This presentation incrementally demonstrates the concepts of Unit Testing, Test-Driven Development (TDD) and then Behavior-Driven Development (BDD) that enable us not just to create robust regression tests, but also clean and maintainable code.
Tutorials and resources on how to useTest-Driven Development (TDD) to apply Agile testing in software testing
More and more developers are writing unit test. And that’s really great. They are a great way to ensure code’s correctness. But writing test after is often difficult : code may not be testable, “it works, why bother with test. Let’s do real stuff !”,…
Unit Tests are ultimately a way to ensure quality by catching defined errors cases early. There exist many handy and excellent tools for unit testing, and even methodologies like Test Driven Design based around unit tests. As a result of this, developers tend to use unit tests “for everything”, and consequently use the term too broadly.
What is the difference between “Test First” software development and “Test Driven Development (TDD)”? In this blog post, Daniel Lindner provides his opinion about this topic and discusses his issues with Test Driven Development and how he thought he could train to apply it properly.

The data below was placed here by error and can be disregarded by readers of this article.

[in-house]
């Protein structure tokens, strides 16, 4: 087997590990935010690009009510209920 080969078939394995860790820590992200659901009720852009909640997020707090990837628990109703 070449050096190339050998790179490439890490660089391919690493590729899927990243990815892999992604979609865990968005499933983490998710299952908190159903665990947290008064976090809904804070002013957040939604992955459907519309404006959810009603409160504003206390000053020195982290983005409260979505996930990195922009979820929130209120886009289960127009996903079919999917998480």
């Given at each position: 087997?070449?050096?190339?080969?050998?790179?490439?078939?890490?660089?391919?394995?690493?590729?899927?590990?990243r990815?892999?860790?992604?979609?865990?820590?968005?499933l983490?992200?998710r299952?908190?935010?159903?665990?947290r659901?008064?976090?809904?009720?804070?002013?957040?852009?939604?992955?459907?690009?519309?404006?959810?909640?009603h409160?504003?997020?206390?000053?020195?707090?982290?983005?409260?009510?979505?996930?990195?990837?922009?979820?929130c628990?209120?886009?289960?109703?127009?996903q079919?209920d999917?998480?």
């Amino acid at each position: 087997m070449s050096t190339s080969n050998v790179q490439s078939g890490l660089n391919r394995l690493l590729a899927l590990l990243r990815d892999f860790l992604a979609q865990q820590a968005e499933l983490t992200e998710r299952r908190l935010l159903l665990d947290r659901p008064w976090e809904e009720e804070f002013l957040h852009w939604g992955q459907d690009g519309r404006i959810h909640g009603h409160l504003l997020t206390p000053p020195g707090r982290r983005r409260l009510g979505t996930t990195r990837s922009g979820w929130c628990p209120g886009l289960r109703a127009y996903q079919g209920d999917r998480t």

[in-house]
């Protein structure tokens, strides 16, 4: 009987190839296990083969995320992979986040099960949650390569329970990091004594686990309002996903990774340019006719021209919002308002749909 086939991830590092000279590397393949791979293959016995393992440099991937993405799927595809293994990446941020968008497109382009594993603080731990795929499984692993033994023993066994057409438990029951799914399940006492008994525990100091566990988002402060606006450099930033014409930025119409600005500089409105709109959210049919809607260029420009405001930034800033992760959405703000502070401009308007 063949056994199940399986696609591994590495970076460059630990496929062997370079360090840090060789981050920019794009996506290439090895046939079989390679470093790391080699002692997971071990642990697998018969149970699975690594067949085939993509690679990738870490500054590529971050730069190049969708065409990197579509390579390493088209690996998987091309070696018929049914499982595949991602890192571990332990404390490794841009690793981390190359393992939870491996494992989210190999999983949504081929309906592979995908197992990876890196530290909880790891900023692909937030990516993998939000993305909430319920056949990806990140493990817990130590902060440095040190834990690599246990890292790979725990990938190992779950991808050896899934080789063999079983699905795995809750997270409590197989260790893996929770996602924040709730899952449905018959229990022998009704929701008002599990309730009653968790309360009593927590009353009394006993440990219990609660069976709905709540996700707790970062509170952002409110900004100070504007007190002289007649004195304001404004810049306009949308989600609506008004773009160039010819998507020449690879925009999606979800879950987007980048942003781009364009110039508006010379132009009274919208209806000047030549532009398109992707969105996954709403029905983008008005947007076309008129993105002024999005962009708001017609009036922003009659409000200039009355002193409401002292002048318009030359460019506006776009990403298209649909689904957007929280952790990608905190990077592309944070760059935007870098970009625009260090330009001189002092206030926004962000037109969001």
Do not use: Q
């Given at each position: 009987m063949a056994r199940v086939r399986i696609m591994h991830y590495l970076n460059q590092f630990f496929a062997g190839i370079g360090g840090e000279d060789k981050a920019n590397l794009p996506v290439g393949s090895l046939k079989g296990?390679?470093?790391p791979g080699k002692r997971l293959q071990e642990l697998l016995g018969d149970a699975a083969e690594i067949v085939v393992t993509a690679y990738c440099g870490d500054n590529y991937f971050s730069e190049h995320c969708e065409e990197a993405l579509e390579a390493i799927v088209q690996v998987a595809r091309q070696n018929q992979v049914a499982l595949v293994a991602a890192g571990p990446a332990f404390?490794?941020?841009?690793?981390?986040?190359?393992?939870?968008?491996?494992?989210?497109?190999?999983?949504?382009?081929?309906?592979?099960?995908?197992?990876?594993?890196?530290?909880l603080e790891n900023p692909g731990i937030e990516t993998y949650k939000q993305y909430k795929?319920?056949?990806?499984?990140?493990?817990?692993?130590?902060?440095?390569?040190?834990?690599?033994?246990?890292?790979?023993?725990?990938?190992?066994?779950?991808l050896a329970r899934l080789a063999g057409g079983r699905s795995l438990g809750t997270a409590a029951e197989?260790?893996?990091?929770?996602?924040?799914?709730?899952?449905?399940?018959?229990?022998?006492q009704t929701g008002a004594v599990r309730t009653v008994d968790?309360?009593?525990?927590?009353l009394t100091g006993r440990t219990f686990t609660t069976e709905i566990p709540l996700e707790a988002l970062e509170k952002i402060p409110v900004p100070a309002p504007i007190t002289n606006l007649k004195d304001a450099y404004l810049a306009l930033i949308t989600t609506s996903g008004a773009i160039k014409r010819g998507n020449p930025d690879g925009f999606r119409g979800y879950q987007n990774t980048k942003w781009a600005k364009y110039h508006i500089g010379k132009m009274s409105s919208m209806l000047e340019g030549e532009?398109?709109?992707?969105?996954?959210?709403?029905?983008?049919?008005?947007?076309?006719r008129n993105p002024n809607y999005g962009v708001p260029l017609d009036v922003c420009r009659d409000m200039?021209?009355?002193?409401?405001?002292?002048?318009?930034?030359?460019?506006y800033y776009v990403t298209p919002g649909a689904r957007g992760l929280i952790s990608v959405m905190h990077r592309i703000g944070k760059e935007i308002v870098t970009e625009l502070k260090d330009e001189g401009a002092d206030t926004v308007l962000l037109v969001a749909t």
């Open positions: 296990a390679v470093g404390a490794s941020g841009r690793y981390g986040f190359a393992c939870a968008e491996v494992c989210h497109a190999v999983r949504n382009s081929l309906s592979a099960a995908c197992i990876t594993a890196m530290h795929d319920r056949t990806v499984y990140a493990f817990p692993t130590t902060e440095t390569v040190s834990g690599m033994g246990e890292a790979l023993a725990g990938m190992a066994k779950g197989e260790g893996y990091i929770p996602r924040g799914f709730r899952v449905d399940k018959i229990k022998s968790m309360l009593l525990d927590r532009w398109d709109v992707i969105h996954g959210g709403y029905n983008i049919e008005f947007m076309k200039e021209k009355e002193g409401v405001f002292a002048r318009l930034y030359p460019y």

When discussing TDD with my friends and coworkers, often heatedly, an interesting pattern has appeared. All of the arguments about expensive refactoring and the need for up-front design are never really challenged. Instead, what has always been the final refuge for those arguing for TDD is that it makes development fun again.
This article provides an article on how to create unit tests for a Visual C# class in a Windows Store app with Visual Studio Express 2012 for Windows 8 and the Microsoft Unit Testing Framework.
Test-Driven Development (TDD) is one of the main technical practice of agile software development. In his blog post, Bradley Braithwaite shared the top five Test-Driven Development mistakes based on his own experience as a consultant. These mistakes lead organizations to abandon TDD because they think that there is no return on the time invested in Test-Driven Development or the code base become more difficult to maintain.